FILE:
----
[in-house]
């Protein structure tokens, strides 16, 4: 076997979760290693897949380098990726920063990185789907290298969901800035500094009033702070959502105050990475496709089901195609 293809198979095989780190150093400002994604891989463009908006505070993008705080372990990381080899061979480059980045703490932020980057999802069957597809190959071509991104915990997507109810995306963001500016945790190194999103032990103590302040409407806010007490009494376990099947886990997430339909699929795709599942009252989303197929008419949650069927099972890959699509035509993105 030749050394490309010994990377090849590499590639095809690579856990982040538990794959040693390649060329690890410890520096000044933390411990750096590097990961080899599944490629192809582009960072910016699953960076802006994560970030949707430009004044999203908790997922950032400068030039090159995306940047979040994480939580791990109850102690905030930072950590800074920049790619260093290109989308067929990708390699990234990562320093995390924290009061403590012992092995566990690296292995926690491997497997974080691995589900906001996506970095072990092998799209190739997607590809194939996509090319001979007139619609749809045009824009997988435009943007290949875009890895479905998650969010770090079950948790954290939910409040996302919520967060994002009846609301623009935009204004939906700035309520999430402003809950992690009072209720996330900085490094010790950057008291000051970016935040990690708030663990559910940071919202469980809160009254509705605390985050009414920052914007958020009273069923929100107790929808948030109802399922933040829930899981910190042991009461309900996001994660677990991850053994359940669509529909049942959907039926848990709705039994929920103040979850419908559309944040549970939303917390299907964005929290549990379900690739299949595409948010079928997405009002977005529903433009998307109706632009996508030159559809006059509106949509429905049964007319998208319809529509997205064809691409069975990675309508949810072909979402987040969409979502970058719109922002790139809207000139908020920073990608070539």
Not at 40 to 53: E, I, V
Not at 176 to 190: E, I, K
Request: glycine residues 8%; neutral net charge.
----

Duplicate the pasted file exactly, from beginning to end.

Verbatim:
[in-house]
């Protein structure tokens, strides 16, 4: 076997979760290693897949380098990726920063990185789907290298969901800035500094009033702070959502105050990475496709089901195609 293809198979095989780190150093400002994604891989463009908006505070993008705080372990990381080899061979480059980045703490932020980057999802069957597809190959071509991104915990997507109810995306963001500016945790190194999103032990103590302040409407806010007490009494376990099947886990997430339909699929795709599942009252989303197929008419949650069927099972890959699509035509993105 030749050394490309010994990377090849590499590639095809690579856990982040538990794959040693390649060329690890410890520096000044933390411990750096590097990961080899599944490629192809582009960072910016699953960076802006994560970030949707430009004044999203908790997922950032400068030039090159995306940047979040994480939580791990109850102690905030930072950590800074920049790619260093290109989308067929990708390699990234990562320093995390924290009061403590012992092995566990690296292995926690491997497997974080691995589900906001996506970095072990092998799209190739997607590809194939996509090319001979007139619609749809045009824009997988435009943007290949875009890895479905998650969010770090079950948790954290939910409040996302919520967060994002009846609301623009935009204004939906700035309520999430402003809950992690009072209720996330900085490094010790950057008291000051970016935040990690708030663990559910940071919202469980809160009254509705605390985050009414920052914007958020009273069923929100107790929808948030109802399922933040829930899981910190042991009461309900996001994660677990991850053994359940669509529909049942959907039926848990709705039994929920103040979850419908559309944040549970939303917390299907964005929290549990379900690739299949595409948010079928997405009002977005529903433009998307109706632009996508030159559809006059509106949509429905049964007319998208319809529509997205064809691409069975990675309508949810072909979402987040969409979502970058719109922002790139809207000139908020920073990608070539």
Not at 40 to 53: E, I, V
Not at 176 to 190: E, I, K
Request: glycine residues 8%; neutral net charge.